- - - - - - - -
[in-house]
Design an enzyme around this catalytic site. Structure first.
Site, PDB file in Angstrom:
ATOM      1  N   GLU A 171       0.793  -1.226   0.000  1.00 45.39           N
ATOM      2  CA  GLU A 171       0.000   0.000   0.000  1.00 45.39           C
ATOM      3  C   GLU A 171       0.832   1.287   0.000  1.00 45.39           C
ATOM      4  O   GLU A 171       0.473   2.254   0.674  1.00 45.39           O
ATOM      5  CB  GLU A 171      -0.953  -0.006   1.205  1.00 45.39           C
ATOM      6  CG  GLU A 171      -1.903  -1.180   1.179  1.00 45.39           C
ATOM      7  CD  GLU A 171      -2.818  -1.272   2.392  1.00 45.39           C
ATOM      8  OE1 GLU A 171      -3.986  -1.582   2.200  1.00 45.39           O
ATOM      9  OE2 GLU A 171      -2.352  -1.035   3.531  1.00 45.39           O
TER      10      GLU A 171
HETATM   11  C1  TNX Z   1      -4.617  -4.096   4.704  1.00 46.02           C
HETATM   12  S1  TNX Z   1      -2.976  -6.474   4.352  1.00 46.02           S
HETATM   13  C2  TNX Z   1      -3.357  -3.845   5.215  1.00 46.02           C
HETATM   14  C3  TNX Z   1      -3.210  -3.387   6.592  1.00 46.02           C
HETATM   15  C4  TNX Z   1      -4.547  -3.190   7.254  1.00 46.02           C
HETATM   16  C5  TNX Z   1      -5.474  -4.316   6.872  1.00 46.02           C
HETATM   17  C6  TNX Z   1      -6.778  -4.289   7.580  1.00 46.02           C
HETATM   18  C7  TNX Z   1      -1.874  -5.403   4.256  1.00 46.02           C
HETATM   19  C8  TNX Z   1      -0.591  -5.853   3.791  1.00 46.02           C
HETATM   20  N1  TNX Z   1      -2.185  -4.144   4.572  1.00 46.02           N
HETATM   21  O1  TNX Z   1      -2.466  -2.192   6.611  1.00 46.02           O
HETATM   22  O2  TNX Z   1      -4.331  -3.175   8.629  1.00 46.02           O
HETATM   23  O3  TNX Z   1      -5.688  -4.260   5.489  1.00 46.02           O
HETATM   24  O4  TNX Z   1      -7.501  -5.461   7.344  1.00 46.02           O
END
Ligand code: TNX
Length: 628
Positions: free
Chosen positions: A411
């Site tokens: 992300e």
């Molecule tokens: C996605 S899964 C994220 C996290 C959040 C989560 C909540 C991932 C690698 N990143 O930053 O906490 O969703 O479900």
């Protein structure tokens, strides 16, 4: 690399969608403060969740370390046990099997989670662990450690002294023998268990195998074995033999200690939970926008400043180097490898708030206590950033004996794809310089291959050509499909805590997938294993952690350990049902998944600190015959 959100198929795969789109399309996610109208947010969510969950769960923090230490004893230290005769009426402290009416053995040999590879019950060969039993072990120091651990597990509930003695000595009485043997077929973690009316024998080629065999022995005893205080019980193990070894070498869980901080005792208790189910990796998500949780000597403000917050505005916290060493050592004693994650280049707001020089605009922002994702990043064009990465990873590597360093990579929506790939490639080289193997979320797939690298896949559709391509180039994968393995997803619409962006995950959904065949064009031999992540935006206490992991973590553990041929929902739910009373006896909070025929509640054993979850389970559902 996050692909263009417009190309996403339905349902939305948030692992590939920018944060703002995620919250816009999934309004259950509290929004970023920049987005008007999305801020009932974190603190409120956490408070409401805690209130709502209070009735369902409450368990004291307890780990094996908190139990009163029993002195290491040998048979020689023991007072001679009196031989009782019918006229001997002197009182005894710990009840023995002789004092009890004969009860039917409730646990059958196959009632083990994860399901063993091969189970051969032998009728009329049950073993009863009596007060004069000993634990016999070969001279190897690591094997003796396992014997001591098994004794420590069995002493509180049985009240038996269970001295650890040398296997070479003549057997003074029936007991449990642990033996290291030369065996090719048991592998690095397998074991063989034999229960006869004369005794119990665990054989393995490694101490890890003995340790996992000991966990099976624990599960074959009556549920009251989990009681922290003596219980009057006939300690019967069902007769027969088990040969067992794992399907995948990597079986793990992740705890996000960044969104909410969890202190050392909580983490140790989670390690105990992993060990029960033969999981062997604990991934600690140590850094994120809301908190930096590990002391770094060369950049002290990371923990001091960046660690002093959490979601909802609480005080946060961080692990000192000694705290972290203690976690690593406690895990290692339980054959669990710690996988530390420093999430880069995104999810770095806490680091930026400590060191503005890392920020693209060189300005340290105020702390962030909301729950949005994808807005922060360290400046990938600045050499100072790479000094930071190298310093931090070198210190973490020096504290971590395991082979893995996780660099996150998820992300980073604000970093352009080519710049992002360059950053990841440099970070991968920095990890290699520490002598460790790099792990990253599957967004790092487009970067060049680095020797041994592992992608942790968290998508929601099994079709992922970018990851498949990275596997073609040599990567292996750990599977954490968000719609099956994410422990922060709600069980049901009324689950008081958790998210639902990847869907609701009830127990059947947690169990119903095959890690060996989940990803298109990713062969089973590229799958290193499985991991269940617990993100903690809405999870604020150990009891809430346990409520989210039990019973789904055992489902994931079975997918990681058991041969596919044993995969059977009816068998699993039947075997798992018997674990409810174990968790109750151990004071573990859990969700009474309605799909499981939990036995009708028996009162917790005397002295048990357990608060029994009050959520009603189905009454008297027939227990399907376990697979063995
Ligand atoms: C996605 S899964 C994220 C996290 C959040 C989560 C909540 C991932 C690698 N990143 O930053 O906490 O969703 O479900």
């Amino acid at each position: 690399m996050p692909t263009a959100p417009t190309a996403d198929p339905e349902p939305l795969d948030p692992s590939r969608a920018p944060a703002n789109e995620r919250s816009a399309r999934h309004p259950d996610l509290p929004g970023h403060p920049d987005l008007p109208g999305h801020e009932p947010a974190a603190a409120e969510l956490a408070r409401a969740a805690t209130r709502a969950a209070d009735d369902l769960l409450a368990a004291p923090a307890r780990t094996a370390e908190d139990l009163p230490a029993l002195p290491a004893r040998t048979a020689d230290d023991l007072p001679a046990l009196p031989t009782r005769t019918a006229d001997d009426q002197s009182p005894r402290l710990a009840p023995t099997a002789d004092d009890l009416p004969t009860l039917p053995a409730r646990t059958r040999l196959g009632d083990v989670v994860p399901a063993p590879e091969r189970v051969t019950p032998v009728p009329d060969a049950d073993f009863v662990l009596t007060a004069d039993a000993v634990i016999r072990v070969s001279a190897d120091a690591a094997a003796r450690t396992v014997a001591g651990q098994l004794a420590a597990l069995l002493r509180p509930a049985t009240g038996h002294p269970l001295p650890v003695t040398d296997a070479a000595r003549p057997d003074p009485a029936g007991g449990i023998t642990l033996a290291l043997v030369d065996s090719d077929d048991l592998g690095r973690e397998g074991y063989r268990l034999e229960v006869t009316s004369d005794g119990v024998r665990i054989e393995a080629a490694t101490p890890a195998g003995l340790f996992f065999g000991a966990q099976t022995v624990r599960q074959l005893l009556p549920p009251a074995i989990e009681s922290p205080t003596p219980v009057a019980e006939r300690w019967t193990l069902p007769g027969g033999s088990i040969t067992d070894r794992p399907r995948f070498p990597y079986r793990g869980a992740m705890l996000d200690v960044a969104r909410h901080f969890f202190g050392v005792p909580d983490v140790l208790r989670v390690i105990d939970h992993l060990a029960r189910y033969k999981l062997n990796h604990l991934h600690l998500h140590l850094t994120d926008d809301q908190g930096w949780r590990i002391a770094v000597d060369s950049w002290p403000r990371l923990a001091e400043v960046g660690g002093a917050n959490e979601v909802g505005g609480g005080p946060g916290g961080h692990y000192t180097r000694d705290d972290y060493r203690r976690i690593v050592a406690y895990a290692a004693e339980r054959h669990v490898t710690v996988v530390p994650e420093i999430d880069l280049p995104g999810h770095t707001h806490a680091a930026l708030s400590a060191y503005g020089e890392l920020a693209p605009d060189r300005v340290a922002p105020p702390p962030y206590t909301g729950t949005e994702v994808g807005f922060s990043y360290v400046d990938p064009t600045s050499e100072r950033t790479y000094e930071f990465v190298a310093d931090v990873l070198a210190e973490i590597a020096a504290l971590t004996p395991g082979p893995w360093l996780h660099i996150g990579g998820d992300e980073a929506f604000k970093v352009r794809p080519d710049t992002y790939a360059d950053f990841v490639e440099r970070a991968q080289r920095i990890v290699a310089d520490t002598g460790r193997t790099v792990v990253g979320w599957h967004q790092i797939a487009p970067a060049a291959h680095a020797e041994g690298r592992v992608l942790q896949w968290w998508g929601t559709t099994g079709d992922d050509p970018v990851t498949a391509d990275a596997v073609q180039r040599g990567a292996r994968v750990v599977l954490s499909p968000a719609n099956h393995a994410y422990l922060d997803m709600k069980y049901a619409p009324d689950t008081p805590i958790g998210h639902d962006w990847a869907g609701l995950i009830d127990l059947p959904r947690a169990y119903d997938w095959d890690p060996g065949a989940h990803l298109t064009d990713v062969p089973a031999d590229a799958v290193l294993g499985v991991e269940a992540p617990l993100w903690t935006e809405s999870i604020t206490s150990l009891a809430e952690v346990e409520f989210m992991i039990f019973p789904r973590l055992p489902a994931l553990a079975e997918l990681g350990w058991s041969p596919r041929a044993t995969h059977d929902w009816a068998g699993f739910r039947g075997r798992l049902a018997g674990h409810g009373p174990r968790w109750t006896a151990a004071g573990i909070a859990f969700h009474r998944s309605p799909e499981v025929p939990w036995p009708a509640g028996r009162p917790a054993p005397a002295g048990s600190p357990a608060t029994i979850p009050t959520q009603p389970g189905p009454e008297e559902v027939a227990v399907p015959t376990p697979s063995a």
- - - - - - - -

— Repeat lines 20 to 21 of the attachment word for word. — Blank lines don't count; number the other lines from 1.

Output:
HETATM   17  C6  TNX Z   1      -6.778  -4.289   7.580  1.00 46.02           C
HETATM   18  C7  TNX Z   1      -1.874  -5.403   4.256  1.00 46.02           C